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Podcast: The Story Of The Greatest Tea In The World

26/08/2015 8:22 AM IST | Updated 15/07/2016 8:25 AM IST
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Subhendu Sarkar via Getty Images
MAKAIBARI, DARJEELING, WEST BENGAL, INDIA - 2015/03/31: A woman plucks tea leaves at Makibari tea garden. Set up in 1859 off Kurseong in the Darjeeling hills the Makaibari estate is the worlds first tea factory. Swaraj Kumar Banerjee aka Rajah Banerjee, the great-grandson of the founder (GIrish Chandra Banerjee), has taken it to an altogether new height. Organically produced tea of Makaibari fetched a record price of $1,850 (around Rs 1.12 lakh) per kg. It became the official tea partner at Beijing Olympics in 2008 and was served at the 2014 FIFA World Cup. However, a couple of years ago Rajah sold off almost 90% stake to the Luxmi Group as his sons were not interested to run the family business. But he still remains the chairman of Makaibari Tea & Trading Co Pvt Ltd and the face of the company. The Luxmi Group promises to bring in accounting expertise and develop distribution network further to help Makaibari become a much bigger brand. (Photo by Subhendu Sarkar/LightRocket via Getty Images)

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Chai, the quintessential Indian drink, can easily vie for the honour of being our country's most popular drink. The BBC News Magazine once termed it a drink that India "can't live without", and it has even reached foreign shores. The Irani cafe-inspired Dishoom in London has Mumbai tea on its menu, and even coffee chain Starbucks offers a drink (not in India) called the Classic Chai Tea Latte. In India, chai can be found on almost every street corner. That we love tea is not something that needs to be underlined. Then why do we ignore the finer offerings of tea plantations in Darjeeling? Vikram Doctor investigates in this episode of The Real Food Podcast.

Writer, photographer and traveller Jeff Koehler recently wrote a book, Darjeeling: The Colorful History and Precarious Fate of the World's Greatest Tea, which explores the world of Darjeeling's tea plantations. In the episode, he tells Vikram about the first time he had a sip of fine Darjeeling , and the contrast it was to the sweet, milky chai that most of us consider tea to be limited to.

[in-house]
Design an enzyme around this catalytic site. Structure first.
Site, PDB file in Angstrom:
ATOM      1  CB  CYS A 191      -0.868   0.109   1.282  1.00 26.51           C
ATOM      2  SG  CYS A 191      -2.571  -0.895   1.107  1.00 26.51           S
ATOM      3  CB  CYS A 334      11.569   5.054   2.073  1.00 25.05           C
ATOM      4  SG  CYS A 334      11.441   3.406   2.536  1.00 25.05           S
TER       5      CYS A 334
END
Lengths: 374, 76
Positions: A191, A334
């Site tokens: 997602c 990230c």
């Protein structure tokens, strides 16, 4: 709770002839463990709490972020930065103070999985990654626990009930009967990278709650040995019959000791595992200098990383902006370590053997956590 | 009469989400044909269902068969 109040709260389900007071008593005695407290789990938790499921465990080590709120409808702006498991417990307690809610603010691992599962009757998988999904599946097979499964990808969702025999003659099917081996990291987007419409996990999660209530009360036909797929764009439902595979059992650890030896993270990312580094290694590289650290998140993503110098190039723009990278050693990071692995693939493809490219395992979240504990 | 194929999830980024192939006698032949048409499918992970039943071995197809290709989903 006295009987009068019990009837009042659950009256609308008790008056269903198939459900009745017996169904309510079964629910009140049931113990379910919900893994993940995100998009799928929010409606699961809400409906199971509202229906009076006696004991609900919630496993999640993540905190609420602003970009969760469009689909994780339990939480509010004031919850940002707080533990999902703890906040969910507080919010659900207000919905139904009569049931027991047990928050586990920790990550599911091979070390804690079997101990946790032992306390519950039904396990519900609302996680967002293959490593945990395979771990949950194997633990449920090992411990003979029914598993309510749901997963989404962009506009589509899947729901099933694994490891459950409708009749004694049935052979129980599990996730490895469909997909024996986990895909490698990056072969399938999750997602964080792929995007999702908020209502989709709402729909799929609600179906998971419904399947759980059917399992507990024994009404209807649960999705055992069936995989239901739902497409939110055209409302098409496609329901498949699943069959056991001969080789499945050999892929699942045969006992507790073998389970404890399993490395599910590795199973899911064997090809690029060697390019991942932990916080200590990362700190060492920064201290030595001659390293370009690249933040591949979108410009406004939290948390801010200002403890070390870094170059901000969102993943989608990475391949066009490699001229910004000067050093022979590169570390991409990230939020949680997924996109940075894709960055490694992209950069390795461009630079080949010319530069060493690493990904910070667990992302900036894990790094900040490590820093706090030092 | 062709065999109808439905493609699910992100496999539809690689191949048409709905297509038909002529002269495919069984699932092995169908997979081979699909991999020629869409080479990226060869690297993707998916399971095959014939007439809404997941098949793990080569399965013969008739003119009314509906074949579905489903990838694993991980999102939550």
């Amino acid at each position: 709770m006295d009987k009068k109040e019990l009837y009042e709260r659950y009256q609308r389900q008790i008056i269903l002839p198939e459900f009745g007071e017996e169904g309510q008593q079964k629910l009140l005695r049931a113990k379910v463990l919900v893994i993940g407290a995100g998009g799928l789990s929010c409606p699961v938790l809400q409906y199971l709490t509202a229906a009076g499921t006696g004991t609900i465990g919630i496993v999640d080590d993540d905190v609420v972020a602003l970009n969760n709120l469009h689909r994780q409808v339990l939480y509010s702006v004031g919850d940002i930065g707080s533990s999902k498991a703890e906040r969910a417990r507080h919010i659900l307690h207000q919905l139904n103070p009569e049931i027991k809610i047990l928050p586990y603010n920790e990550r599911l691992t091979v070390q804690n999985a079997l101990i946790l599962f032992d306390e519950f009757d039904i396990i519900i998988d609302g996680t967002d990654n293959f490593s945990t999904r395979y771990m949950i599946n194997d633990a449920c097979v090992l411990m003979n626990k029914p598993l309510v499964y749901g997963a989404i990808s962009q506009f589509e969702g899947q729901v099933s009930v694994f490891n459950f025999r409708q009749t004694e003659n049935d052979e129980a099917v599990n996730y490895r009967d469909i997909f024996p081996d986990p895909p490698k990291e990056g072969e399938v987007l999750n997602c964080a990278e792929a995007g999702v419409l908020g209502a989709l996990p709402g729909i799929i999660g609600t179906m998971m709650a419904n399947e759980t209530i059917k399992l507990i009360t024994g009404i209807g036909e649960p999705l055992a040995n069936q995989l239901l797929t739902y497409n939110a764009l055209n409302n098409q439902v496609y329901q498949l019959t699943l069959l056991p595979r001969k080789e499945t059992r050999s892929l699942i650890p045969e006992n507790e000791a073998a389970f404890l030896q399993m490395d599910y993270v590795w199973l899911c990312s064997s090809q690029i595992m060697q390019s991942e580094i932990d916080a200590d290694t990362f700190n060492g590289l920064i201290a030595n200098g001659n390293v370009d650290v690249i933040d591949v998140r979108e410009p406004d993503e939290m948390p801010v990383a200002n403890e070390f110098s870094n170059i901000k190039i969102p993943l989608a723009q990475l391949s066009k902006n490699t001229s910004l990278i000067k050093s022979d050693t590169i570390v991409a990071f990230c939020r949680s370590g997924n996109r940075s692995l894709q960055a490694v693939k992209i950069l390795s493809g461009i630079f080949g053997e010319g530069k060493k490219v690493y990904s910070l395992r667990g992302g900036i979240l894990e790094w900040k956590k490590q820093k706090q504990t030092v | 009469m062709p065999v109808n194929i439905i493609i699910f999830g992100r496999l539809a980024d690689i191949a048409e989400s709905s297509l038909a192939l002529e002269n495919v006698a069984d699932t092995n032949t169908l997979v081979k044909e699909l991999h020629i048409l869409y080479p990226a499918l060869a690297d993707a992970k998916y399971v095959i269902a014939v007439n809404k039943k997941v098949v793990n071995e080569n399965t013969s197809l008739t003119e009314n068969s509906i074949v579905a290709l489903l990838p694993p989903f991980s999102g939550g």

Strangely enough for a drink that is so popular in India, we don't really understand it. First of all, as Vikram points out, tea is not as Indian as you would have thought. It was the British who introduced us to the beverage. Chai was born after the British realised how difficult it was to get Indians to drink good tea. Vikram puts it perfectly, "[To make tea appetising to the Indian palate] We added a little tea to a lot of milk and a lot of sugar." So much sugar that, according to this Aakar Patel piece in Mint Lounge, the freedom fighter Maulana Azad called it "liquid halwa".

It's been a century since the British realised the tea-growing potential of a hilly town, which we today know as Darjeeling, and started several plantations. But, it's still difficult to get Indians to appreciate good tea. As Amit Mehta of Chado Tea explains, we seem to be drinking everything but tea! The best way to understand the complexities of Darjeeling tea is this simple statement by Rishi Saria of the Gopaldhara Tea Estate in Darjeeling. If you compare tea to liquor, he says, then Darjeeling is a Scotch.

We can rest assured that Darjeeling tea is not going anywhere. As Jeff says, "There will always be a market for Darjeeling." It is, Vikram says, the most amazing product in India. And, it's time that Indians wake up and smell the tea!

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